So here we are again. Back at the top of the Isles and on top of the world. Fifty-three weeks ago we turned up in Glencoe. For fifty-two of them I’ve been waxing about them to anyone who’ll listen, boring the unfortunate with my photos and praying in my heart for the beauty they represent, and the closeness to the numinous that I find here.
A year since Glencoe and the Highlands last reminded me that my spirit is only given full flight when I am near the mountains. I have cried, I have held-forth, I have thought and I have yearned. Now, here I am, and they are just the same. My mountains. My Highlands. My beloved Scotland.
We left Bristol at 10.30 yesterday, flew up the Ms: 32, 4, 5, 6, 74, 73 and 8. Never slowing unless the cameras were out. Hardly pausing at Tebay, and landing breathless at Milngavie ready to take a night off before launching forth as the ground goes up.
We didn’t see the tree this year. The first time since Isaac and I returned to Scotland in 1997. I have a photograph of him next to it then. Big baggy flared jeans. He looked still a child, still growing into the man he is now. Then, we were venturing up Ben Nevis. We managed that one, no problem, and have returned each year since. Each year pausing at the tree that nearly killed me and Dan in 1989. But this year the rain was out and the sky was dark and I thought, “Heck: let’s do the Rest and Be Thankful”, over the Arrochar Alps, into Inverary and then up into Tyndrum from the west. We’ll catch the tree on the way back, along the bonny, bonny banks. Today there was no mountain, and hardly any loch to be seen.
So, we past through Tyndrum, pausing to fill the tanks: petrol and coffee, and then off up the road that marks the entrance to the wilderness. The journey to Tyndrum, whether over the RABT or along the BBOLL, is a slow introduction to the wild places. It draws you in slowly, gradually, leading ever upwards until you pop out into Tyndrum. Then the frontier lets itself be known. Along the road past Ben Dorain and onto Rannoch Moor, past the White and Black Mounts and heading headlong for the wall of Buchaille Etive Mor at the stop of Glen Coe. It is always a starling ascent: whether the rain is falling or the sun is shining. It takes you from trees to barren, almost alien landscapes and presents you with the unavoidable truth of your own insignificance against the hard truth of nature.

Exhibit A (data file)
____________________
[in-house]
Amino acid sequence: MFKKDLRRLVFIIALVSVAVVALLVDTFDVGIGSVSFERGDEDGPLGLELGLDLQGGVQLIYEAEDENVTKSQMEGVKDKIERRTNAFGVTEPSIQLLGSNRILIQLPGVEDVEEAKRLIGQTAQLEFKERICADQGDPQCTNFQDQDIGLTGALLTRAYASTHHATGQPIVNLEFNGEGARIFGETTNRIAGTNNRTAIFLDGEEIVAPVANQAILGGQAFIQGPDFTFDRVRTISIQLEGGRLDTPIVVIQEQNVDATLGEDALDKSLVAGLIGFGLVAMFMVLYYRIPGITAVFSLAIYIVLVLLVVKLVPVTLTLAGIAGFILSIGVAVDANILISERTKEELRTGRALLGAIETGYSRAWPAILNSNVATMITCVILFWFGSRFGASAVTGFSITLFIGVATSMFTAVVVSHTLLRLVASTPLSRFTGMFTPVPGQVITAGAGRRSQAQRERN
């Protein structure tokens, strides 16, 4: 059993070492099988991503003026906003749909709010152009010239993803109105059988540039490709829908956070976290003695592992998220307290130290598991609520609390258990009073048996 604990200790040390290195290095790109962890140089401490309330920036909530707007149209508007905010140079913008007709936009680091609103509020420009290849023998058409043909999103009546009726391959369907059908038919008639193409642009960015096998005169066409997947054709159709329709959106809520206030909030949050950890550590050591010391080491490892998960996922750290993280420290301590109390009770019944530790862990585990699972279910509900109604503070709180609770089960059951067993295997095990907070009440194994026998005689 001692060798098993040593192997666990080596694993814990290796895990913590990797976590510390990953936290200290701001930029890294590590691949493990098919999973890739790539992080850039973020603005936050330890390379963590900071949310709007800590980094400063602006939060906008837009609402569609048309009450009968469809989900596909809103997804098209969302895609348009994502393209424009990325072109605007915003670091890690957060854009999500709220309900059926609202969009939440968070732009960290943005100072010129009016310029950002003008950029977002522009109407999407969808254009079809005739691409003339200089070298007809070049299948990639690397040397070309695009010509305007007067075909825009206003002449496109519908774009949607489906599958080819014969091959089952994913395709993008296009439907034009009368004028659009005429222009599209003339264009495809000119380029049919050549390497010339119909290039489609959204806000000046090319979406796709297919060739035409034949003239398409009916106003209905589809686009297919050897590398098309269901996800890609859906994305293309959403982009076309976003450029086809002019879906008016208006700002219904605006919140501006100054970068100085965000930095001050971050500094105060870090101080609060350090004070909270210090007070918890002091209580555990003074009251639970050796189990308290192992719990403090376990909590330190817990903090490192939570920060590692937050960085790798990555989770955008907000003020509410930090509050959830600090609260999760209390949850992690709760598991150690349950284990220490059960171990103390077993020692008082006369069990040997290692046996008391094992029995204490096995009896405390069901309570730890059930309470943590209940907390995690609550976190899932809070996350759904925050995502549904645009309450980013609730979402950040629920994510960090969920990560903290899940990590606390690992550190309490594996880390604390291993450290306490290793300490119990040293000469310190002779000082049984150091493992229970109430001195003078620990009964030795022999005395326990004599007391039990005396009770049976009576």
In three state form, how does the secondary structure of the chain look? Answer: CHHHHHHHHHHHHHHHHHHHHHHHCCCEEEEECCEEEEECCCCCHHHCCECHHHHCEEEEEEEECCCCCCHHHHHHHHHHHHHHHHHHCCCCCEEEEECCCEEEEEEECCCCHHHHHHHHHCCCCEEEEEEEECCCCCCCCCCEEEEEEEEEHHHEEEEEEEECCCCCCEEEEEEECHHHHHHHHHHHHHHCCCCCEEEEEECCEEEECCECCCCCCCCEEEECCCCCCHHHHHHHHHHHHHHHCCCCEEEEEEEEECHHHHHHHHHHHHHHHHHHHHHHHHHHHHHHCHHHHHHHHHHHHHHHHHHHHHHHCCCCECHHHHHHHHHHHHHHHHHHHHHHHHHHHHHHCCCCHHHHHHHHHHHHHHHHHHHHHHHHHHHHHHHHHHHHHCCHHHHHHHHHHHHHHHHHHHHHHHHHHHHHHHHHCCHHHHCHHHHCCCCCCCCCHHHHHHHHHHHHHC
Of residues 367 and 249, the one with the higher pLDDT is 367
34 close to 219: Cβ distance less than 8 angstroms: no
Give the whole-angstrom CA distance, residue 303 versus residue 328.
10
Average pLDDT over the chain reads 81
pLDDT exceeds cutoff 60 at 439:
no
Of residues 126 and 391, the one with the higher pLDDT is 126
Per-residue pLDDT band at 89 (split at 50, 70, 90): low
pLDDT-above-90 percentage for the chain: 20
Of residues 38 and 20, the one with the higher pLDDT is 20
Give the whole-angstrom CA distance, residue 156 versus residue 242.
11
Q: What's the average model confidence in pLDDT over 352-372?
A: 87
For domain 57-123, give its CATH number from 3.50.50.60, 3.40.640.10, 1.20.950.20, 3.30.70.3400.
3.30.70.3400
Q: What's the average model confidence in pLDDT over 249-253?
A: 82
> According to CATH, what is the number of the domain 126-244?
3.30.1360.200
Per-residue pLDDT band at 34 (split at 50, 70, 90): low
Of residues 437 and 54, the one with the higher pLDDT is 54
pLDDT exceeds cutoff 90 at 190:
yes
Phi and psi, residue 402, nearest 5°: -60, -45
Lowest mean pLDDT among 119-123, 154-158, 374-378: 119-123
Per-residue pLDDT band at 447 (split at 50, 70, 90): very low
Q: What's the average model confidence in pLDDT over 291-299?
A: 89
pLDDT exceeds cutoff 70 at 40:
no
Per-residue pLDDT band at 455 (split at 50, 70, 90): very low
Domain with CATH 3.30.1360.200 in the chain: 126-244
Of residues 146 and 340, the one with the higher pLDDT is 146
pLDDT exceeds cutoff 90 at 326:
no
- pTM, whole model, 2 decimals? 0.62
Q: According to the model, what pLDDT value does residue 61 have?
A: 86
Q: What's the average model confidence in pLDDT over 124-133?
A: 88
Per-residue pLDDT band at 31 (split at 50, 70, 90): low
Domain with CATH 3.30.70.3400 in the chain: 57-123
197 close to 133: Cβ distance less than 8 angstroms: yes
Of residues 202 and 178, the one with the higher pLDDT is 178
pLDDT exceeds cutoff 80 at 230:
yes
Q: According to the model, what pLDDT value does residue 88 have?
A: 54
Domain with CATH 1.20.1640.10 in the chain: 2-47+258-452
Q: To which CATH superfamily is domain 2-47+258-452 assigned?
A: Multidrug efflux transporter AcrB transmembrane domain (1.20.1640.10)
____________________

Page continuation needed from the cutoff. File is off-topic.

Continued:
We stopped at the White Corries ski centre and walked a bit of the Highland way, just to get our legs moving. Isaac always astonishes me at his stoicism and capacity to enjoy the misery with me. For misery it is. How can I say that, after all I spout for the beauty of this place? Well: when the mist is down, and the icy rain slashing across your face, you have to take a moment to think, “Why? Why do this? Isn’t it all a bit stupid?” and yes, it is. There is no reason to be out in the cold. No reason to forsake the warmth of your house. No reason, other than being able to reconnect and reconfirm the beauty of the cosmos. Of course, this is also available in Easton, or Broomhill, or Clifton. But there is some rawness, some unignorable validity to being a speck on the hillside and a thousand feet up on a path that has been walked for centuries.
We had the inevitable coffee/soft drink amongst the skiers. Do they feel the same as Isaac and I? Never yet got to grips with that. And then down the road to the Youth Hostel where nothing has changed except the warden: young enough to be in school, he seems. Unpacking. Sorting the food. Ready meal: all good stuff. Why waste time on having to cook when there is sitting down and reading and playing to do? The stuff that hostel stays are built upon. There was a family playing a board game (I recall The Brecon Beacons), a table of young guys and girls all swapping mad ideas. A couple of loan older guys (probably younger than me, but less hair), and a sense of value in all our lives.
Bring it on. Bidean nam Biam. Tomorrow. If the weather holds. Or even if it doesn’t. Photos to follow.